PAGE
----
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PFRE Asks: What Inspires You?

Published: 26/08/2019

Author: Vince Collura

I look at a LOT of real estate photography in the current job that I am in. It's one of my favorite parts of my daily routine; scanning through what's being worked on, providing some QA, and plucking out exceptional images for my own collection.

The thing is, even when I am not working on my real estate photography business, much of the content I consume is visually similar. From AD magazine, to For Love of Old Houses to FStoppers content, and the tons of FB groups for what we do, I find myself surrounded by inspiration.

What sites, publications, accounts, and apps are you looking at often for inspiration?

12 comments on “PFRE Asks: What Inspires You?”

  1. Cars and trash cans out of the way...and if you really want to talk sweet to me, get those nasty toilet tools out of the way too (I hate touching someone else’s toilet tools).

  2. The conversations with the homeowner and realtor to find out what images they want to market every property. I walk in , set aside the camera, and walkthrough every room downstairs and take the images we talked about. I then repeat this if there is an upstairs. When the interior is done we talk about the views and exterior highlights. I also ask the agent and homeowners if they want any images of themselves to remember their home.

  3. Rude of me to not answer my own question!

    There are a ton of IG accounts that I follow which inspire me pretty often. I will post a few of them here:

    https://www.instagram.com/evanjosephphoto
    Evan Joseph, NYC Photographer

    https://www.instagram.com/anne_strickland_photographer
    Anne Strickland, Landscape Photographer

    https://www.instagram.com/richbaumphotography
    You know this guy

    https://www.instagram.com/isaacalvarezraw
    Shadows and Light Photographer, Isaac Alvarez

    https://www.instagram.com/luxuryapartmentsnyc/

    https://www.instagram.com/thedronalist/
    Awesome aerials, and goes by "Drone Thugs n' Harmony" which is a bonus unto itself.

    https://www.instagram.com/archdigest/
    Architectural Digest

    There are also facebook groups:
    https://www.facebook.com/ForTheLoveOfOldHouses/
    the photography here is not particularly great - or at least no consistently, but the homes can be amazing at times.

    https://www.facebook.com/groups/256436391128736/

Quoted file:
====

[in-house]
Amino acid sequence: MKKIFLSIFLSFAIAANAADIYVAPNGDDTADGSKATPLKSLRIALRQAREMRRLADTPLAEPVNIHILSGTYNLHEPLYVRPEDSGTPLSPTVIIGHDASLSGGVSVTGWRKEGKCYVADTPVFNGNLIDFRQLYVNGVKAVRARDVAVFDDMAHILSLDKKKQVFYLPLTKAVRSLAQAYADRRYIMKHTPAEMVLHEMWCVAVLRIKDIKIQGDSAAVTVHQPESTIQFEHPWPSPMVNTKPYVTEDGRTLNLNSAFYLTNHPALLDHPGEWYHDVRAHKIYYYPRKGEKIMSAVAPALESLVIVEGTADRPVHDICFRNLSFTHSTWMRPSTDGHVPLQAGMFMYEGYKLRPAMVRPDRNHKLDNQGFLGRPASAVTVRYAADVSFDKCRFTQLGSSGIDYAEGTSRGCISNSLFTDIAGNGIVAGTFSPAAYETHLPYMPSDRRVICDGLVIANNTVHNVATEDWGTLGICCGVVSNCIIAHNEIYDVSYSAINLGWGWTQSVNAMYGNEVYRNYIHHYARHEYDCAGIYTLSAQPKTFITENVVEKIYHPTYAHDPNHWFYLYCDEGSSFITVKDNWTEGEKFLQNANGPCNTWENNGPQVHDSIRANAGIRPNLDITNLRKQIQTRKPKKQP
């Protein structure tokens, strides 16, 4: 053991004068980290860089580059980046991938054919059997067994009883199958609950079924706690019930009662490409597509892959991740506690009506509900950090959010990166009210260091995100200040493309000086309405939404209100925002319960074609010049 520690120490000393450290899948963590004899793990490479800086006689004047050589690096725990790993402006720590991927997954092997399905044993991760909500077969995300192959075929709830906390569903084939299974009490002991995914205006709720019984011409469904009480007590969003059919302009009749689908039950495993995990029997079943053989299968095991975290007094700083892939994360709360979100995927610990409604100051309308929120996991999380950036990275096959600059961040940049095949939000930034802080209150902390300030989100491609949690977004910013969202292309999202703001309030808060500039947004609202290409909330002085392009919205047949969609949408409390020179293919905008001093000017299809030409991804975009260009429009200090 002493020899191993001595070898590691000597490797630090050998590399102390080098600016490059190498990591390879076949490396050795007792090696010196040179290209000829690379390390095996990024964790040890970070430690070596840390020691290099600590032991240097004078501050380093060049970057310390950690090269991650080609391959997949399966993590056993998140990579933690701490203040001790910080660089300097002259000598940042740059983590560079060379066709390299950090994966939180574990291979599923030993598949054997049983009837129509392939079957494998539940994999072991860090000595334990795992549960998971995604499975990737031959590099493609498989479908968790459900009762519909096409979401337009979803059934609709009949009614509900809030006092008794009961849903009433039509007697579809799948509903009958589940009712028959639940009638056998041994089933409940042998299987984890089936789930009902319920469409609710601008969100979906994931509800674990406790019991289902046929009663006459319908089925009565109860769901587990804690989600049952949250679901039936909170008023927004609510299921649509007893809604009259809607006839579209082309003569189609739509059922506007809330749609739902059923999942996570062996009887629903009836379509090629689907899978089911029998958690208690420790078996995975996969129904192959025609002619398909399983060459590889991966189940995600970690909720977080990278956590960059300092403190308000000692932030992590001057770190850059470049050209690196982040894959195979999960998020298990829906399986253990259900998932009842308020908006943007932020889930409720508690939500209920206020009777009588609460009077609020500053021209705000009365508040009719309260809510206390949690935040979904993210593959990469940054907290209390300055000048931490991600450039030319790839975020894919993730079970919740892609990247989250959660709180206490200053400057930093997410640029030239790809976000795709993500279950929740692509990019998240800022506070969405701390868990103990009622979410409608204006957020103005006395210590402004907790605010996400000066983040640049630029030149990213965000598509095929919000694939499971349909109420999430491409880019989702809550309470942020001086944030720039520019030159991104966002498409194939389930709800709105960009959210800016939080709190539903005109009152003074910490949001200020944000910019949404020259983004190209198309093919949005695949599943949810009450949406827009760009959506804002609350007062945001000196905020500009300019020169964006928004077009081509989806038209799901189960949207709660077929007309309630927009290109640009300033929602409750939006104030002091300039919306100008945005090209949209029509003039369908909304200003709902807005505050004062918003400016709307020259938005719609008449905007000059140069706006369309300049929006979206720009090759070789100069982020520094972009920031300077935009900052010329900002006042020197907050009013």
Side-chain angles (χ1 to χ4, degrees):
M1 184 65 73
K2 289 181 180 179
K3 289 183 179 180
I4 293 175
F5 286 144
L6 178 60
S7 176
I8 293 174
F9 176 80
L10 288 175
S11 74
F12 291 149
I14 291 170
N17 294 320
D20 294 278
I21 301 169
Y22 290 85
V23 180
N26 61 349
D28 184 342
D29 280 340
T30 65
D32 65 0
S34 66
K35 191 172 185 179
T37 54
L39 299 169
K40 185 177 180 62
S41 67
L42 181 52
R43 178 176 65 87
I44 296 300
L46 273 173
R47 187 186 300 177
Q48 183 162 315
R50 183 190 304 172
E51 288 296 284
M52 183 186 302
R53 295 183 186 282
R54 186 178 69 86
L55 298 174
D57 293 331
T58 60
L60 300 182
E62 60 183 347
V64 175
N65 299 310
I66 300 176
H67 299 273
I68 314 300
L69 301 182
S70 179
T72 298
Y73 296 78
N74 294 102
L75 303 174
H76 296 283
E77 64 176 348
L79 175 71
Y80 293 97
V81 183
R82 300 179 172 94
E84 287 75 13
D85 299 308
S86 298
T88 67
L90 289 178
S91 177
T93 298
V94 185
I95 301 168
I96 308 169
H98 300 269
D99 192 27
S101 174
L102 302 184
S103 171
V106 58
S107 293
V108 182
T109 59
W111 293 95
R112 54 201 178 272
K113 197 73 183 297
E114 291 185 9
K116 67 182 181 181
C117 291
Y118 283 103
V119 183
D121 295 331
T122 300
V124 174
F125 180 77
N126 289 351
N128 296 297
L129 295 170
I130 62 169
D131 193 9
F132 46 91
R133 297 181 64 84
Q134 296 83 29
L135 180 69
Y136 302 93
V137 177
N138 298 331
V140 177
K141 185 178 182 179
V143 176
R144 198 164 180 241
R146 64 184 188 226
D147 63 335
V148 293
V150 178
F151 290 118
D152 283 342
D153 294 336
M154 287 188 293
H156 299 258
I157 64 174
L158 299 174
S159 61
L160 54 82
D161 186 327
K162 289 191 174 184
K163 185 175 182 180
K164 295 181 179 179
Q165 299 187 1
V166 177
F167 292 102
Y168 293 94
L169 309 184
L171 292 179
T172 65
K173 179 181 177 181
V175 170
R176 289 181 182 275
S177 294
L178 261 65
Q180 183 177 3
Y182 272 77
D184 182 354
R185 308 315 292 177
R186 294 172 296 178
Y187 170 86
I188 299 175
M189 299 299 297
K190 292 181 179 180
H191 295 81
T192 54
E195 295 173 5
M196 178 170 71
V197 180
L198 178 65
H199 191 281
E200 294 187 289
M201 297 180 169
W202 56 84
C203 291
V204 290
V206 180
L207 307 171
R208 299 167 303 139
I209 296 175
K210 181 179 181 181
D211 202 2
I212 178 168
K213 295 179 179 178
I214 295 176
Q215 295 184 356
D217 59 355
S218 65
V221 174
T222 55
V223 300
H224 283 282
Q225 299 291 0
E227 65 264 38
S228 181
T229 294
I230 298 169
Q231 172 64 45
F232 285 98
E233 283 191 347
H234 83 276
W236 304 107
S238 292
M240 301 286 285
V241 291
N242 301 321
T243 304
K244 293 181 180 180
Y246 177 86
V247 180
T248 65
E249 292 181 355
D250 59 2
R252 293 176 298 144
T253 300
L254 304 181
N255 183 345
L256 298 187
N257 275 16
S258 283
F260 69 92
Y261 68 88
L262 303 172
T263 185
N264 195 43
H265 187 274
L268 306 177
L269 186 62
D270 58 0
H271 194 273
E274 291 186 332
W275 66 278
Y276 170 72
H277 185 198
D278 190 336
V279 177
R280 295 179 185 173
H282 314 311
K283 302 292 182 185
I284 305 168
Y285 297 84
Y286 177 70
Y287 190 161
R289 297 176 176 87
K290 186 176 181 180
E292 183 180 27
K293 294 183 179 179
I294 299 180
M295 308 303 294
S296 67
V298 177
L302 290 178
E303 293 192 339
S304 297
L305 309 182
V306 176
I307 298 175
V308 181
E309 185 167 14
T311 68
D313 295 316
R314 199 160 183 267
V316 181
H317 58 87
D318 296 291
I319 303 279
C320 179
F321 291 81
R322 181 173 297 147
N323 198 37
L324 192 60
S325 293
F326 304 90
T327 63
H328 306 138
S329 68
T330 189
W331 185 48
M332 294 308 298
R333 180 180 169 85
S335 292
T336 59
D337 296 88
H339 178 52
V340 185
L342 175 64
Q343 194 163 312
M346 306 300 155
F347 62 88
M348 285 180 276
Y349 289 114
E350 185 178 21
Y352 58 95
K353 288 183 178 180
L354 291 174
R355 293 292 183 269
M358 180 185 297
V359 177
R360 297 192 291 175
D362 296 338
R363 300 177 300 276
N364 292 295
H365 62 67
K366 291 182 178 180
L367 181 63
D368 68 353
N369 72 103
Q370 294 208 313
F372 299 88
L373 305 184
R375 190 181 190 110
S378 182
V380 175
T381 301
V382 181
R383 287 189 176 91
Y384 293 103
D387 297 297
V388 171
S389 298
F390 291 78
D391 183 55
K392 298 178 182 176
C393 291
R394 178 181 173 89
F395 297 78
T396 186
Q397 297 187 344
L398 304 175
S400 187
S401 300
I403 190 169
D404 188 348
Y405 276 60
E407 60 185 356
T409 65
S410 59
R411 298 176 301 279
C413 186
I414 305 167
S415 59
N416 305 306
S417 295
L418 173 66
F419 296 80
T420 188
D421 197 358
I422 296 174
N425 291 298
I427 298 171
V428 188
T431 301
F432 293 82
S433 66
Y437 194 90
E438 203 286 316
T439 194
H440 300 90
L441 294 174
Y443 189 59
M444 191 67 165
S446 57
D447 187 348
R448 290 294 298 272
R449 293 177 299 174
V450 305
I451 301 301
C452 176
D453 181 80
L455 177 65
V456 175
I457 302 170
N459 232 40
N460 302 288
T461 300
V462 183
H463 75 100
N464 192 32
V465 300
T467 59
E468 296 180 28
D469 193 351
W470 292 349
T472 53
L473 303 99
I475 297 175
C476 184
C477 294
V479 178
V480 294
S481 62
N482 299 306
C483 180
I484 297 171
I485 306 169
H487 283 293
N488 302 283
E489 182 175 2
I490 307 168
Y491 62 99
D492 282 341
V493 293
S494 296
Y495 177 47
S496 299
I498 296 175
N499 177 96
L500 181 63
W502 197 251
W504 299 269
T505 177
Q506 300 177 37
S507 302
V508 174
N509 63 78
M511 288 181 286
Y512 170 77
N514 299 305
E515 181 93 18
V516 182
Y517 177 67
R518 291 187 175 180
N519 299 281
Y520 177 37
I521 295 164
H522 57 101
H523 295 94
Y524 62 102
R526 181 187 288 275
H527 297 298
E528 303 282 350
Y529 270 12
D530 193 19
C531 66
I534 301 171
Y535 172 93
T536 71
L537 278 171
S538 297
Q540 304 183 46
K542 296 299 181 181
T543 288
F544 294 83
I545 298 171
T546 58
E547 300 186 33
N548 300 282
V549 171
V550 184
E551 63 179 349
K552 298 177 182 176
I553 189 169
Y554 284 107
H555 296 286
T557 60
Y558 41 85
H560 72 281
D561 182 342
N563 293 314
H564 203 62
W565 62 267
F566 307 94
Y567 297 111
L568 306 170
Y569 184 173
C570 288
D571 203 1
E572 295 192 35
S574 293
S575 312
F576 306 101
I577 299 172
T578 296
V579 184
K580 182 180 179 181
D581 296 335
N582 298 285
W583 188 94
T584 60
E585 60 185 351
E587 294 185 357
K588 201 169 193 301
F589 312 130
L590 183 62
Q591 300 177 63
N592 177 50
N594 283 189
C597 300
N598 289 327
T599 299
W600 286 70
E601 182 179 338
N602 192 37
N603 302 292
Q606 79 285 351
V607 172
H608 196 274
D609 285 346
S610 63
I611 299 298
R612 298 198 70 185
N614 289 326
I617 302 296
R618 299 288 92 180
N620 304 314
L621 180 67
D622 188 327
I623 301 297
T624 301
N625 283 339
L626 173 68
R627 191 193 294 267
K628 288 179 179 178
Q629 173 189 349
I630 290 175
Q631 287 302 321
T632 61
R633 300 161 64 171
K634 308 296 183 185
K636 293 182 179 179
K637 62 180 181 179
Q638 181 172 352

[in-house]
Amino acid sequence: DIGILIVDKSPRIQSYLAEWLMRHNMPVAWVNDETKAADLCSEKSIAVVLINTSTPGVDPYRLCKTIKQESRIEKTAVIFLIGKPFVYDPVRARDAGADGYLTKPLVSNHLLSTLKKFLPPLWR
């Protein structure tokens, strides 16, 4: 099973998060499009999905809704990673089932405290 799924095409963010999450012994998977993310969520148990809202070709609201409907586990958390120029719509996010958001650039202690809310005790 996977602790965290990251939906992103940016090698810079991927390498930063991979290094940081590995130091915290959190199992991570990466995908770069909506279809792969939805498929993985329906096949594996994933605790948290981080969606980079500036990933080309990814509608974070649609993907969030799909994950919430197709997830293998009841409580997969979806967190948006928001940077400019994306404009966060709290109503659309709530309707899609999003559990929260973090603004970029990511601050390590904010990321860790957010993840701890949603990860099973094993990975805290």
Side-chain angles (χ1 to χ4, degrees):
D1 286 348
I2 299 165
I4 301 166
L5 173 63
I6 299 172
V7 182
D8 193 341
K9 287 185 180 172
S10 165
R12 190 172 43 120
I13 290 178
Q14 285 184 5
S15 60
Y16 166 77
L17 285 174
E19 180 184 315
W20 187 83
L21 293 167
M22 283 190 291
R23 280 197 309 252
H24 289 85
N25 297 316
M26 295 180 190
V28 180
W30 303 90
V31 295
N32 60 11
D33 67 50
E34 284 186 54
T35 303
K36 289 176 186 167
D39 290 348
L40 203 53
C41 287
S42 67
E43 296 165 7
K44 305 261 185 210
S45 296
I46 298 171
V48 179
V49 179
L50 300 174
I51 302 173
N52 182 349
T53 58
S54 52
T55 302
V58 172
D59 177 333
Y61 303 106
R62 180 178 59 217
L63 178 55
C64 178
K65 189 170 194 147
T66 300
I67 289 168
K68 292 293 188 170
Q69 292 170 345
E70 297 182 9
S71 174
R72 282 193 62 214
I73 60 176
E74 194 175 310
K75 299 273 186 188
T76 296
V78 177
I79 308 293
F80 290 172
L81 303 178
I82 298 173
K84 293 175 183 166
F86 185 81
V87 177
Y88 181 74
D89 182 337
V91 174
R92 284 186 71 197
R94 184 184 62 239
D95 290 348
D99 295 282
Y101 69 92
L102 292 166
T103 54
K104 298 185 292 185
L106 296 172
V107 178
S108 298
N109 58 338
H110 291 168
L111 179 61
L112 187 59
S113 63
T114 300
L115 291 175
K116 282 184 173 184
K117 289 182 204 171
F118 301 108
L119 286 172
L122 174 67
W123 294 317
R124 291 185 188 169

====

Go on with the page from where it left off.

Real Estate Photography group on facebook: plenty of great stuff here, plus tons of content from folks just getting started. It's kind of fun to watch people find their way. I have seen plenty of rising stars here

    https://www.facebook.com/groups/RealEstatePhotographyWithlights

    And of course, work that my team is putting out. I have the good fortune of being able to look at hundreds of shots a week put out by photographers that keep me in awe: https://www.facebook.com/actionvance/media_set?set=a.10155854863477484&type=3

  4. Inspiration vs Motivation are different things in my book. What inspires me in my RE photography is the work by other real estate or architectural photographers who capture unique angles or compositions.

    My motivation is fairly simple, it's the desire to constantly improve my real estate photography whether I'm shooting a 1 BR condo or a large, staged home on a beautiful piece of property. I actually find those 1 BR condos to be the most challenging 😉

  5. Once in a while I go to a home and it is super obvious that the owner went above and beyond in preparing their home and staging it for the photos and showings. It happens 2 weeks ago. I spent over 2 hours at that home and realized the extent and efforts the home seller went through. They removed all their family pictures and frames and replaced them by staging type of frames and paintings (like Marshalls / TJMax), bought plastic plants and other staging items. They much have spend a few $100s and probably read a lot on home staging. It was well done. Always inspires me when folks are caring enough to walk the walk...and do a good job at it...

  6. I get inspired everyday when I see how people have decide to dress up their worlds in brick and mortar. It's the small details and and creative functional designs that get me..